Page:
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Paul Sorvino, Goodfellas and Law & Order actor, dead at 83

Actor Paul Sorvino, best known for his starring role as Paul Cicero in Goodfellas and the father of Oscar-winning actor Mira Sorvino, has died. He was 83.

His wife, Dee Dee, was by his side in Indiana Monday morning when he passed away from natural causes, reports the new york post.

“Our hearts are broken, there will never be another Paul Sorvino, he was the love of my life, and one of the greatest performers to ever grace the screen and stage,” she said in a statement.

“My father the great Paul Sorvino has passed,” 54-year-old Mira tweeted Monday.

“My heart is rent asunder- a life of love and joy and wisdom with him is over. He was the most wonderful father. I love him so much. I’m sending you love in the stars Dad as you ascend.”

The Post has reached out to reps for Sorvino for comment.

With more than 100 acting credits to his name, Sorvino had a knack for playing gangsters and cops, notably in Martin Scorsese’s 1990 hit Goodfellas and NYPD sergeant Phil Cerreta on Seasons 2 and 3 of Law & Order.

He played an Italian-American communist in Warren Beatty’s ○, mob boss Eddie Valentine in Joe Johnston’s The RocketeerHenry Kissinger in Oliver Stone’s Nixon and Fulgencio Capulet in Baz Luhrmann’s Romeo + Juliet.

Born in Brooklyn in 1939, Sorvino attended the American Musical and Dramatic Academy in New York where he fell in love with theatre. He made his Broadway debut in 1964 in Bajour and booked his first movie Where’s Poppa? in 1970.

I have told The Post in 2002 that Martin Luther King Jr., Desmond Tutu and Muhammad Ali were his heroes.

“Self-sacrifice, risking their lives for what they believed in — they are true citizens of Planet Earth,” he said.

For the movie’s 30th anniversary in 2020, Christopher Serrone, who played young Henry Hill at the beginning of Goodfellasawning The Post that Sorvino would sing opera between takes.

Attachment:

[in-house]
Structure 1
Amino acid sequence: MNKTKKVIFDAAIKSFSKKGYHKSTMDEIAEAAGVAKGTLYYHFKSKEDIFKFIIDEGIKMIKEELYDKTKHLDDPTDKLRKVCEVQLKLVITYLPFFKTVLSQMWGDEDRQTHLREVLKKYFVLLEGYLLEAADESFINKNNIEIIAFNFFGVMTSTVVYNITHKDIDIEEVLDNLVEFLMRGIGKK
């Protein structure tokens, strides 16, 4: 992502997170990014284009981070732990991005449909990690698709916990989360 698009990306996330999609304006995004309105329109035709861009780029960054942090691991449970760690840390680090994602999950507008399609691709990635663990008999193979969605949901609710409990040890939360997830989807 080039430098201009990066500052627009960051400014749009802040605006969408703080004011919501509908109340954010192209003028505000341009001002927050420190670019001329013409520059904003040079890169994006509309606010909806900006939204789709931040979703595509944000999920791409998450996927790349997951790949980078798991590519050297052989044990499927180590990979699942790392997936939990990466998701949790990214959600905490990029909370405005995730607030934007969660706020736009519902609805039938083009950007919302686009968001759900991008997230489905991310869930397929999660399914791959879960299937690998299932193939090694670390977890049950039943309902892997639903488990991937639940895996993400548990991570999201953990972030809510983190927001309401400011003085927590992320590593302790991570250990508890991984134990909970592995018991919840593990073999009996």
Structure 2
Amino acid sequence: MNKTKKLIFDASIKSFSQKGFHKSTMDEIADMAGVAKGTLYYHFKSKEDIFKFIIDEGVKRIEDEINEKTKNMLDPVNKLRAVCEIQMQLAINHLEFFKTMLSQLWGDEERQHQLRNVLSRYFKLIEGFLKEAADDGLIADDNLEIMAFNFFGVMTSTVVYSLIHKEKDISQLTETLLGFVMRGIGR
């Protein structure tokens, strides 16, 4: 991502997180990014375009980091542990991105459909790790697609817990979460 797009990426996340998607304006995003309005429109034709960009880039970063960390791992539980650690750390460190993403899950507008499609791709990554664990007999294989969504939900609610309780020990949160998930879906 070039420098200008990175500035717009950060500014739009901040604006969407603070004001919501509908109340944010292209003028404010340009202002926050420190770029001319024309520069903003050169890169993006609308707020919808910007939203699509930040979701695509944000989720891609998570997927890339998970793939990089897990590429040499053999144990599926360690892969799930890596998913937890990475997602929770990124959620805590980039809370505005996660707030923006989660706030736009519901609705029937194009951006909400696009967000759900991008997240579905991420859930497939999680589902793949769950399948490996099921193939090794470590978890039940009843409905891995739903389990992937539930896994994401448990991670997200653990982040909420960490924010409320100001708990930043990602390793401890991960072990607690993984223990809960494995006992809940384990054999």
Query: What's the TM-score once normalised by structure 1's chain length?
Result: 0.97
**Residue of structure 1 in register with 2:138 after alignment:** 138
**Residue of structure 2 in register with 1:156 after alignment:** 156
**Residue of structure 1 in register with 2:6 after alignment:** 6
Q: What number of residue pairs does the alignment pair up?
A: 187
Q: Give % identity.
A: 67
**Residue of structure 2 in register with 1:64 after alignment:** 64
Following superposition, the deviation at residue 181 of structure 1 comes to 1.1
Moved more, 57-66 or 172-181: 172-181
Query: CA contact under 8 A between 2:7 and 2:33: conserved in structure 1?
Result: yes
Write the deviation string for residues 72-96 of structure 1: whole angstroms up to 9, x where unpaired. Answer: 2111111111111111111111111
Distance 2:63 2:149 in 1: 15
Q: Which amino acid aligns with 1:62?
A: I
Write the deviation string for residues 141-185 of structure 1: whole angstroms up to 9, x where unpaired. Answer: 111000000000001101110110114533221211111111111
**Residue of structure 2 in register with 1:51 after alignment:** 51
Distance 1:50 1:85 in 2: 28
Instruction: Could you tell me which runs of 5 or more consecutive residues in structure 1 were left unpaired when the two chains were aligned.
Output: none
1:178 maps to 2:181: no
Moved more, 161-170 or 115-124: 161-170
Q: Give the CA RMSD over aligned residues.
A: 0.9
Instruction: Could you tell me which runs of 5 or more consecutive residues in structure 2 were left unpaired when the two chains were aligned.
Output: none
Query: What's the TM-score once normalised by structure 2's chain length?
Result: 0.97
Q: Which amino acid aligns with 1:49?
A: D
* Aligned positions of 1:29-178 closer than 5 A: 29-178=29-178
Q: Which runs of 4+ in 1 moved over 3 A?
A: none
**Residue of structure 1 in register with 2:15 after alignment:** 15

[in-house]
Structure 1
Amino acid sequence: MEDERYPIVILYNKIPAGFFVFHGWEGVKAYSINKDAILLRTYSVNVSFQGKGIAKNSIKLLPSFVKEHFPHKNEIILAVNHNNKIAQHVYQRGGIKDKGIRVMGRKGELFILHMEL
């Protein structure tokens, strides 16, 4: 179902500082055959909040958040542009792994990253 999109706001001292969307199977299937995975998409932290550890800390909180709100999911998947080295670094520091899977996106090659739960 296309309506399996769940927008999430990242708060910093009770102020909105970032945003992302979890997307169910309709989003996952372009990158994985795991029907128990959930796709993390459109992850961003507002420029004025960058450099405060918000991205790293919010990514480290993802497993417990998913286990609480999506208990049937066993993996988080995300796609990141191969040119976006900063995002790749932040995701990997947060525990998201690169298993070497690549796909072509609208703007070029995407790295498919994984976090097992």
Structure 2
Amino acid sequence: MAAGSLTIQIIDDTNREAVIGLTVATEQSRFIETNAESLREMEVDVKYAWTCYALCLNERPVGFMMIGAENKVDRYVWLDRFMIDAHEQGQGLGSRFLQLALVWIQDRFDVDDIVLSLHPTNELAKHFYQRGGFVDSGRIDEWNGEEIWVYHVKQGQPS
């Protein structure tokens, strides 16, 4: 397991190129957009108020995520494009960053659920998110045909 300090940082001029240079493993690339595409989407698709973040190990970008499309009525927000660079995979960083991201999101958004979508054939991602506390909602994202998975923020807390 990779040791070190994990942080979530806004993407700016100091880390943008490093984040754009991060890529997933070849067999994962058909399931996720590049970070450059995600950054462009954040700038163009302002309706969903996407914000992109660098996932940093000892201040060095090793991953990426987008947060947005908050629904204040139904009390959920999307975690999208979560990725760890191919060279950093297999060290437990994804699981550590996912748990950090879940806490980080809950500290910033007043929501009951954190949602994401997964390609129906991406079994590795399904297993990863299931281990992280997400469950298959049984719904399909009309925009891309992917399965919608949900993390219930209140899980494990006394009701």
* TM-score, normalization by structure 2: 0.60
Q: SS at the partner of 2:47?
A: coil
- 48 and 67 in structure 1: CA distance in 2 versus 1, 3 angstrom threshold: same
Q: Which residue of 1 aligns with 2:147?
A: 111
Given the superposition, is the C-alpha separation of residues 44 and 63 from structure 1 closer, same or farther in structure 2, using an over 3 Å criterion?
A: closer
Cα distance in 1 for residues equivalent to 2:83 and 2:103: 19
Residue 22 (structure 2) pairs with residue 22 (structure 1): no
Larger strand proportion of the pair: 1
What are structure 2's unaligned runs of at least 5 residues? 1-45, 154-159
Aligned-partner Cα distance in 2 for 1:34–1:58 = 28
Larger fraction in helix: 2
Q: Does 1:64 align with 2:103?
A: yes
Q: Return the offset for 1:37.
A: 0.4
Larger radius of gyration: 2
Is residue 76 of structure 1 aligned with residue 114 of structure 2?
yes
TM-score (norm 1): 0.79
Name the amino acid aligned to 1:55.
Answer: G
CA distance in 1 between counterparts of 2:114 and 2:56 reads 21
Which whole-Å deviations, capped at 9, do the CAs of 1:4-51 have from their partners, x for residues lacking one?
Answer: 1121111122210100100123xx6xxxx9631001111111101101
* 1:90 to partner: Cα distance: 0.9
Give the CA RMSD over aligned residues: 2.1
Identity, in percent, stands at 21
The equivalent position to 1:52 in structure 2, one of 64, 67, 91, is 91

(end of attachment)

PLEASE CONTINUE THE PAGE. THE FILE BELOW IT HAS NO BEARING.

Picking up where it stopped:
Of his career-making role in GoodfellasSorvino once recalled how he felt typecast.

“There are many people who think I’m actually a gangster or a Mafioso, largely because of ‘Goodfellas,’” he once said, according to the hollywoodreporter. “I suppose that’s the price you pay for being effective in a role.”

He had three children from his first marriage to Lorraine Davis, including Oscar-winning actor Mira Sorvino. He also directed and starred in a film written by his daughter Amanda and featuring his son Michael.

Sorvino was also a staunch opponent of disgraced film mogul Harvey Weinstein, who allegedly was accused of black-listing Mira after she refused his sexual advances.

“If I meet him on the street, he oughta hope that he goes to jail,” Sorvino told TMZ in 2018. “Because if we come across [one another], I think he’ll be lying on the floor somehow, magically. He’s gonna go to jail. That son of a bitch, good for him if he goes, because if not, then he has to meet me, and I’ll kill that motherf**ker.”

He claimed at the time he only learned about the sexual harassment and assault and black-listing allegations against the Shakespeare in Love filmmaker when the public did, stating, “If I had known it, he would not be walking. He’d be in a wheelchair.

“My daughter is a wonderful person,” he said at the time. “Ella A courageous and wonderful human being and ella does n’t deserve to have been treated that way by this pig. This pig will get his comeuppance from her. The law will get him. He’s going to go to jail and die in jail. But if he doesn’t … I’ll just slap him around. I won’t do anything terrible.”

the Mighty Aphrodite star famously thanked her dad in her 1996 Oscar speech, when she won the award for Best Supporting Actor for her performance in the Woody Allen film.

“When you give me this award, you honor my father, Paul Sorvino, who has taught me everything he knows about acting,” she said during her speech, which brought him to happy tears.

As of 2015 New York Times article on the 25th anniversary of Goodfellas noted how Sorvino revealed he was so happy to get the part.

“I’d done a lot of comedies as well as dramas, but I’d never done a really tough guy. I never had it in me,” he said. “And this [part] called for a lethality, which I felt was way beyond me. I called my manager three days before we started shooting and said, ‘Get me out. I’m going to ruin this great man’s picture, and I’m going to ruin myself.’ He, being wise, said, ‘Call me tomorrow, and if necessary I will get you out.’

“Then I was going by the hall mirror to adjust my tie,” he added. “I was just inconsolable. And I looked in the mirror and literally jumped back a foot. I saw a look I’d never seen, something in my eyes that alarmed me. A deadly soulless look in my eyes that scared me and was overwhelmingly threatening. And I looked to the heavens and said, ‘You’ve found it.’”

This article originally appeared in the New York Post and was reproduced with permission.


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